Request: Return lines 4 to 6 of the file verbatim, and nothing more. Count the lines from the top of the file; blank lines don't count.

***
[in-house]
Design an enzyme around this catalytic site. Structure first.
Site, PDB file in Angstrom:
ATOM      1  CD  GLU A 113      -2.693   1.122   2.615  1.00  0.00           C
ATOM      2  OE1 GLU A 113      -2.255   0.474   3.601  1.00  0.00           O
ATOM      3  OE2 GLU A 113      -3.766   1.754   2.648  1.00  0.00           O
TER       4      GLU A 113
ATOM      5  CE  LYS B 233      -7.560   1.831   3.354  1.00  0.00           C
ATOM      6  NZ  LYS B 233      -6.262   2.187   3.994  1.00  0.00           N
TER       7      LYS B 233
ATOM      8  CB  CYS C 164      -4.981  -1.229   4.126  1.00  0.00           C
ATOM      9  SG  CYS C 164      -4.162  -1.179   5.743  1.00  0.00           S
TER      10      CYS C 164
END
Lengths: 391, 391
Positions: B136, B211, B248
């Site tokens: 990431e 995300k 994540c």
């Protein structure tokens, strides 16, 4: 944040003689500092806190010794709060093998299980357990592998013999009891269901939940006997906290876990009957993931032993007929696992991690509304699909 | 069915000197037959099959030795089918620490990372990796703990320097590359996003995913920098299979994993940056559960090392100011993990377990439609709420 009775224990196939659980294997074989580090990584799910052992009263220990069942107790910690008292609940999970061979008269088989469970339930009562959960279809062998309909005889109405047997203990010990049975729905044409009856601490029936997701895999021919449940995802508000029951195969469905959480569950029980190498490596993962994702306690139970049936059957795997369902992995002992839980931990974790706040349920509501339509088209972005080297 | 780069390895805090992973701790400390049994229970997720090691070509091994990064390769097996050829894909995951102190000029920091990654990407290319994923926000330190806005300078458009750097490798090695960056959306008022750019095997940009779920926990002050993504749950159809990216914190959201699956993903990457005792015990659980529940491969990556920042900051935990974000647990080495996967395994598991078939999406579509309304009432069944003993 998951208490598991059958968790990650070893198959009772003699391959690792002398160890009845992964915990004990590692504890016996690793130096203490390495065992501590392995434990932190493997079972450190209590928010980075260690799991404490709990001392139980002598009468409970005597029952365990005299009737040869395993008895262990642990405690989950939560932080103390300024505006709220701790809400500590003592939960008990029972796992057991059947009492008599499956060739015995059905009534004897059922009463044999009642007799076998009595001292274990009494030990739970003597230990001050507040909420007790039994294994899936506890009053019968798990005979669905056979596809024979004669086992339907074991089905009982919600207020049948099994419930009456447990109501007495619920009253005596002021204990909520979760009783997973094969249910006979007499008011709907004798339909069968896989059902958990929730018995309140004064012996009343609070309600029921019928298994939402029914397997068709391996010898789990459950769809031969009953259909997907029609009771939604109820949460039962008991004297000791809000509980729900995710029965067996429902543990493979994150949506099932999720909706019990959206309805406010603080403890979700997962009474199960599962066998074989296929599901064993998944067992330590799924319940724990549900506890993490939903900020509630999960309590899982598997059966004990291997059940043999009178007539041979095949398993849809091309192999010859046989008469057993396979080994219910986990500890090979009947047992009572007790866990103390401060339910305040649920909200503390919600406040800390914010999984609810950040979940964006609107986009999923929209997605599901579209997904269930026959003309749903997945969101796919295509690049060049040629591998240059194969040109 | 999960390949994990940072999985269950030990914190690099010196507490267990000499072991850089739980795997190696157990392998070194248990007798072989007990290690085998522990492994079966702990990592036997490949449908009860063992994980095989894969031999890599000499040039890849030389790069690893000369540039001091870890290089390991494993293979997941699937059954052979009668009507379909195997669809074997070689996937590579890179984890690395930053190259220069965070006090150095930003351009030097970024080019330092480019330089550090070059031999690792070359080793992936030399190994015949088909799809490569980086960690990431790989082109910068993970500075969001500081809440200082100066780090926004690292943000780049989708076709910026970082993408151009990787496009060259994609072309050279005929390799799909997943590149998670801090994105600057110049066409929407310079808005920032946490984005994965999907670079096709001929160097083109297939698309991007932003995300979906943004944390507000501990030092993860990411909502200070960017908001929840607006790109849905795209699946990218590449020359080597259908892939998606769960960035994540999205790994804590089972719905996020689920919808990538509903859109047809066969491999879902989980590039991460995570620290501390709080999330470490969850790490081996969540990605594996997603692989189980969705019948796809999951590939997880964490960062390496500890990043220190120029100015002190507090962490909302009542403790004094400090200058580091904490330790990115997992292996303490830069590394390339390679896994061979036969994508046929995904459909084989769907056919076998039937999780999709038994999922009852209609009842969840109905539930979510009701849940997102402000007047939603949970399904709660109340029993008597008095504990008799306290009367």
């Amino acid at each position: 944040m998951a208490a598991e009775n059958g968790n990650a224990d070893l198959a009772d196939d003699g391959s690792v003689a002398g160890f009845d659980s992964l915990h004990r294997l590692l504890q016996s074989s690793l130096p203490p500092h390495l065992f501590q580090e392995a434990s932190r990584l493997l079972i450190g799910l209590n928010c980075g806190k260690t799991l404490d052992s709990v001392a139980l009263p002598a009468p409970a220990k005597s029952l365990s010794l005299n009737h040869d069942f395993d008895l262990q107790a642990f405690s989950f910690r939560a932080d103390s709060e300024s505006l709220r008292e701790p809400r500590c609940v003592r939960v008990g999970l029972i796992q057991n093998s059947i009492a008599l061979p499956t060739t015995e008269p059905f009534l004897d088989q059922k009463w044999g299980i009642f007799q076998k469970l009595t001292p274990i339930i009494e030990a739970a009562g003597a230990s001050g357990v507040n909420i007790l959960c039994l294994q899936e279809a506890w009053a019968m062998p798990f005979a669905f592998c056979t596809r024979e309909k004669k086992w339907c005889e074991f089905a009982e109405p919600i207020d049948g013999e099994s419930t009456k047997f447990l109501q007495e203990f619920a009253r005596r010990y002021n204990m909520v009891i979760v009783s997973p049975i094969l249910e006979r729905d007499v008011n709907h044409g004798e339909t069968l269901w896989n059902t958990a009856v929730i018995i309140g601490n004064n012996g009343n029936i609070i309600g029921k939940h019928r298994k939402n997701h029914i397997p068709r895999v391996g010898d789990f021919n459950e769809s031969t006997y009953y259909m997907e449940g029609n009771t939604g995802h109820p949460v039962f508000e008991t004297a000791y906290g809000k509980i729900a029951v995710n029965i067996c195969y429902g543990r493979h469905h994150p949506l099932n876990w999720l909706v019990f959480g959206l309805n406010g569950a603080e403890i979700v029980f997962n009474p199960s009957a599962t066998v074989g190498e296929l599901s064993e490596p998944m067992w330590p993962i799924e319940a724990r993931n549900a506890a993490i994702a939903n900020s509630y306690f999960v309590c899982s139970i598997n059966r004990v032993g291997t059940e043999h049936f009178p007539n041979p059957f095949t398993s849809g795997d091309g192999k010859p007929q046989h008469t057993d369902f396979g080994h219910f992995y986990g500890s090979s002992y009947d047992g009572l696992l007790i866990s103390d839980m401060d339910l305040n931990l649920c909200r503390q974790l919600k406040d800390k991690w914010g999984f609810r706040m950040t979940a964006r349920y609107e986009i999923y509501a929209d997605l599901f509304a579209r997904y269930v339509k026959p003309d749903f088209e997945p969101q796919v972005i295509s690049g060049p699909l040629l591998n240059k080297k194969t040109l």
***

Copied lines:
ATOM      1  CD  GLU A 113      -2.693   1.122   2.615  1.00  0.00           C
ATOM      2  OE1 GLU A 113      -2.255   0.474   3.601  1.00  0.00           O
ATOM      3  OE2 GLU A 113      -3.766   1.754   2.648  1.00  0.00           O